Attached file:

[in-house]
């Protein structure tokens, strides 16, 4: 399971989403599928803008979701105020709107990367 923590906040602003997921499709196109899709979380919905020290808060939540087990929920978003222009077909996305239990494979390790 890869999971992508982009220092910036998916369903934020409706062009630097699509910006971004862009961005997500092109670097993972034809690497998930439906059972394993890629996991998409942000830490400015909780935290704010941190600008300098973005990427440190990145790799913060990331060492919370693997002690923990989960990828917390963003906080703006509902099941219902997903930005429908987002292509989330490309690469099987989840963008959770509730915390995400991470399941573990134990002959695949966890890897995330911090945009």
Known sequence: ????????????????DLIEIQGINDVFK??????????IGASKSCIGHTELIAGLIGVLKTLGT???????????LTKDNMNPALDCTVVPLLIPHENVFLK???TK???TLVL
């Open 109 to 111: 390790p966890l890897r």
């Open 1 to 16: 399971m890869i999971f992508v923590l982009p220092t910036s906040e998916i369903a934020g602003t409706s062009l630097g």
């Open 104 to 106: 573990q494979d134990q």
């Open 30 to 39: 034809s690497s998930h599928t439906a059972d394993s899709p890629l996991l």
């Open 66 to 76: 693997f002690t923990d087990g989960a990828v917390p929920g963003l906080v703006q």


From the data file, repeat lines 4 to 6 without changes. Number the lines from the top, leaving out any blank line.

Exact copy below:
């Open 109 to 111: 390790p966890l890897r």
């Open 1 to 16: 399971m890869i999971f992508v923590l982009p220092t910036s906040e998916i369903a934020g602003t409706s062009l630097g």
């Open 104 to 106: 573990q494979d134990q």